310 forum posts
Just been watching on tv the ceremony commemorating 100 years of the Battle of Passchendaele. I was choked and moved to tears hearing letters from the fallen and their families. Many so young and some not so young with families forced to fight, thousands of of them. Such a tragedy on such a mass scale. A sin against humanity.
Shame nothing was said, it never is, on why it happened or who was to blame. The people responsible for it all - the generals and the leaders at the top, on both sides and their egos'
Watching this again reminds me why I despise nationalism.
|Dave Hopkin||31/07/2017 20:57:33|
|3672 forum posts|
Without the intention of starting an argument or offending anyone's feelings
It was a war that had to be fought, just as much as the second the historians of the 1960's who portrayed it as a "pointless war" have a lot to answer for I am afraid
|Biggles' Elder Brother - Moderator||31/07/2017 20:59:04|
15748 forum posts
Yes - far too many young men, on both sides, sacrificed for heaven knows what purpose - I don't think by then anyone really knew why. If ever there was a pointless war it was WWI - and that is the tradigy of it all.
Go to any local church and see the list of the war dead - its always much longer for WWI than others - in the relatively small town where I live the impact in terms of losing so many young people, from what was then a very small community, must have been immense.
|Biggles' Elder Brother - Moderator||31/07/2017 21:00:06|
15748 forum posts
Well - we'll have to agree to differ on that one Dave - WWII yes I can see the point - WWI, no.
|Dave Hopkin||31/07/2017 21:13:10|
|3672 forum posts|
One of the problems associated with WW1 is the lack of clarity of "why we fought" - unlike WW2 where the horrors were all too apparent they were much more subtle in WW1 - the historians of the 50s and 60s (which formed the basis for what we commonly hold as the popular view) voiced opinions and analysis against the background of WW2, but as many many records came into the public area under the 60 year rule - a great deal of re-evaluation has been done with the benefit of these insights
Max Hastings wrote quite a compelling piece on it **LINK**
|Geoff Sleath||31/07/2017 21:14:29|
3481 forum posts
I had 3 uncles who fought in WW1 (my father, born in 1909 was too young, and too disabled for WW2). 2 came back and my uncle Sydney was killed in May 1916 on a wire cutting expedition. He was quite old at 22!
I agree with BEB. In fact very few, if any, wars are really justified and WW2 is an exception.
|Dave Hopkin||31/07/2017 21:23:13|
|3672 forum posts|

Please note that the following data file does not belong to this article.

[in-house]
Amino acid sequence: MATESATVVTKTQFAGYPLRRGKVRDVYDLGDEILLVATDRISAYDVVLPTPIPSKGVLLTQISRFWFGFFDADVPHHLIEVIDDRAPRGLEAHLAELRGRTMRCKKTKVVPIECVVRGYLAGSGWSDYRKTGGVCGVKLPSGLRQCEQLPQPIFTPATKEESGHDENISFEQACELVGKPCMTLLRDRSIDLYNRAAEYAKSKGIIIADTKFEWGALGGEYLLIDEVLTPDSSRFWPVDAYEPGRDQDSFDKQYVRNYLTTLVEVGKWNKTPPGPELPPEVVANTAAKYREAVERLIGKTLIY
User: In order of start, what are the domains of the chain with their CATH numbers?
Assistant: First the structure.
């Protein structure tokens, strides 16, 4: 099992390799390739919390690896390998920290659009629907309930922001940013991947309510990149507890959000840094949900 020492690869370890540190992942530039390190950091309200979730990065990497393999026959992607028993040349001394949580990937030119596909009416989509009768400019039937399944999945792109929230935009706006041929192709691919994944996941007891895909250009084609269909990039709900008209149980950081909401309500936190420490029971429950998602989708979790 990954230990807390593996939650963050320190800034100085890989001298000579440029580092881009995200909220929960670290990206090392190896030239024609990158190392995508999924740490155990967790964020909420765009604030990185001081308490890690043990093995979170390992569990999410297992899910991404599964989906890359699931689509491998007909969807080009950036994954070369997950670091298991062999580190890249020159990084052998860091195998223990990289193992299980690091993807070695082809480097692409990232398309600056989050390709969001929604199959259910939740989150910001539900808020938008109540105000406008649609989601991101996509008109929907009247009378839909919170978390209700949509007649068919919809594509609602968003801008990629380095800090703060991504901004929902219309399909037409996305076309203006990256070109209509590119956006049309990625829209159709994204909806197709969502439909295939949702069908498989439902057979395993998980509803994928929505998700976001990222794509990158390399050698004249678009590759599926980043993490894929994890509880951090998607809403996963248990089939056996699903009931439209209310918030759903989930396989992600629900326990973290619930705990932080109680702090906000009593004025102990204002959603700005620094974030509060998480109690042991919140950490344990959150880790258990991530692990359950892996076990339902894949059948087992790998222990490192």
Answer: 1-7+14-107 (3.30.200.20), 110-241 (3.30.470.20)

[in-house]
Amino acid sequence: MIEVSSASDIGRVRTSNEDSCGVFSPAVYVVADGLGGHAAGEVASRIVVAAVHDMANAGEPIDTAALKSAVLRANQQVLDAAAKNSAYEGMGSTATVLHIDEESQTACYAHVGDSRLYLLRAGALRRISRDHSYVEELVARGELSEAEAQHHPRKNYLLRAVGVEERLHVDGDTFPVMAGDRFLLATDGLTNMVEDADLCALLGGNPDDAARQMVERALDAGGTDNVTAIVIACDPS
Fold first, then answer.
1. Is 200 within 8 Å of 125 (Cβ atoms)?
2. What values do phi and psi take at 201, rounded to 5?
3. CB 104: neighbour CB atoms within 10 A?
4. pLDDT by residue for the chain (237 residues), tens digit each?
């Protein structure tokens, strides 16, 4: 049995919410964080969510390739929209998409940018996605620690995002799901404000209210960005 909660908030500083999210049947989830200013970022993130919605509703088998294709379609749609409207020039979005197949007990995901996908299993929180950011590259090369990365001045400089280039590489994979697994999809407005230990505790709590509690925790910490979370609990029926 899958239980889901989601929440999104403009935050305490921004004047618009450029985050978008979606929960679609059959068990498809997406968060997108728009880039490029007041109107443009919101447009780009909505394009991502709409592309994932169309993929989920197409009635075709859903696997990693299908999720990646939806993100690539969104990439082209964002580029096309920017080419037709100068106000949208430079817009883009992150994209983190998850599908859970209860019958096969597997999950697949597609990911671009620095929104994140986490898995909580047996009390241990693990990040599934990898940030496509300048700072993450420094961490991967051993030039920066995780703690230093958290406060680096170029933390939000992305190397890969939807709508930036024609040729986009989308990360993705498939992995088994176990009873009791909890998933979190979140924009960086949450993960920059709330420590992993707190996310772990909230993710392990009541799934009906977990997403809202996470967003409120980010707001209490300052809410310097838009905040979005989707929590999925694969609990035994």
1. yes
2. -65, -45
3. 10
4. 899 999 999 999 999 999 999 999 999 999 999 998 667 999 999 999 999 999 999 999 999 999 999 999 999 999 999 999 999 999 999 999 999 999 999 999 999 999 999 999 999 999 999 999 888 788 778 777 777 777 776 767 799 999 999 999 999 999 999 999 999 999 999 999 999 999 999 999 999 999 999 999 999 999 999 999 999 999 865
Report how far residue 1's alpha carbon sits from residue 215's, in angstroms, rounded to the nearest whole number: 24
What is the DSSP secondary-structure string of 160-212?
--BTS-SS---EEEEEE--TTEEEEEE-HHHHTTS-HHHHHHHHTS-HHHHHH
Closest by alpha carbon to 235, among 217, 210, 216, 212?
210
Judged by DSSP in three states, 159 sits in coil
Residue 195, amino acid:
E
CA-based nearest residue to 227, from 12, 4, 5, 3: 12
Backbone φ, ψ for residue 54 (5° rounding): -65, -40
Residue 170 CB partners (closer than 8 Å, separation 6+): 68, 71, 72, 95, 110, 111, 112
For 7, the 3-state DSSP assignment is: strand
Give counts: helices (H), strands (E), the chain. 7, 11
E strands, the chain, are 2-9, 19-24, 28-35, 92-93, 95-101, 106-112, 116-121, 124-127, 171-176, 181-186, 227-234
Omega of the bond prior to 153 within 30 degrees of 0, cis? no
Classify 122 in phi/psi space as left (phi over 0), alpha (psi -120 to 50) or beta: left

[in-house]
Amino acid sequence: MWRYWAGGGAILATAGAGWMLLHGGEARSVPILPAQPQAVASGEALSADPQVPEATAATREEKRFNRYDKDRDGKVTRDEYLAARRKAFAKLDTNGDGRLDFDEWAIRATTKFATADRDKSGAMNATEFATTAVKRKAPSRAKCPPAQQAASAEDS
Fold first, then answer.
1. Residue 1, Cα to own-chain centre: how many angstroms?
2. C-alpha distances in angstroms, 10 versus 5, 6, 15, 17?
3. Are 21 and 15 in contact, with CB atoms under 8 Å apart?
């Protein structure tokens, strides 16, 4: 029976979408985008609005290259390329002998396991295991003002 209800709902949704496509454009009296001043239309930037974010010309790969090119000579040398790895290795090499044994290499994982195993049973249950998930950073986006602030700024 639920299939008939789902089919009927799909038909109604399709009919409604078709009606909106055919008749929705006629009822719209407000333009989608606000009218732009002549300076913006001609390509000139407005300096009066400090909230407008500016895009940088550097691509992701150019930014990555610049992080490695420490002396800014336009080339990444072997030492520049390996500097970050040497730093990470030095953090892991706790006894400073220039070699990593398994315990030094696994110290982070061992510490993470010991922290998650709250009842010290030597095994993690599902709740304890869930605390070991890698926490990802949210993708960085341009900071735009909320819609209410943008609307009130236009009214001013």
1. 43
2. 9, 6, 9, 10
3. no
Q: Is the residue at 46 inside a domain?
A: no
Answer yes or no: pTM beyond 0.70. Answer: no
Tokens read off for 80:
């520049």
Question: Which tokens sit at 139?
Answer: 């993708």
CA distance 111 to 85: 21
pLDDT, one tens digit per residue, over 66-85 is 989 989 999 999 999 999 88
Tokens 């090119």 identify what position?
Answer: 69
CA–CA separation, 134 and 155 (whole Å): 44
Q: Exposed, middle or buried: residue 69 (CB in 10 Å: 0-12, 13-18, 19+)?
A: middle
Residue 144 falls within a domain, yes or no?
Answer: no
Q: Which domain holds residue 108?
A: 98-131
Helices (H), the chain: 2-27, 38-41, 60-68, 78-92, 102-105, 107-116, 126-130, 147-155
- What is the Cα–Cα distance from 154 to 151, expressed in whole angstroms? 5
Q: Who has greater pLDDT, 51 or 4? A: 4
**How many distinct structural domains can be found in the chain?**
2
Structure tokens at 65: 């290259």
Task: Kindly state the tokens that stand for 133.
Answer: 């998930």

Please dont misunderstand my posts - my family lost two in the first war, one in Palestine buried in what is now the Gaza Strip, and one in Devils Wood in the middle phase of the Somme Offensive (he was 17 and already survived Gallipoli having lied about his age)
But I ask myself if we had not gone to war in 1914 what would have been the result? The answers I always come back to seems to point out that it was for a reason we fought
|John Bisset||31/07/2017 21:24:05|
|198 forum posts|
My understanding is that while there were several countries in Europe 'spoiling for a fight', the actual outbreak of hostilities was largely due to misunderstandings and errors by the various military planning staffs. Although there were plans for rapid deployment of troops towards the frontier jump-off positions by train, no-one had thought out how to satisfactorily bring them back in an orderly way from their mobilised positions. That exposed forces to a risk of a sneak attack succeeding, so that once deployed it was 'safer' to go into action than to back away.
The senior staffs did not understand the implications of the new transport capabilities, nor the increased danger which machine guns and modern artillery etc. posed. They were, quite simply, ignorant - and generally far too slow to learn. Warfare had changed, greatly.
So it was not only largely unjustified and to some extent accidental in its beginnings, but a war of a ferocity hitherto undreamed. Appalling. My family was lucky; we only lost one close relative in WW1.
Edited By John Bisset on 31/07/2017 21:26:25
Edited By John Bisset on 31/07/2017 21:26:42
|David Davis||31/07/2017 21:31:59|
3463 forum posts
At the time Great Britain, her Allies principally the French, her Dominions and her Empire had been at war with Germany for nearly three years.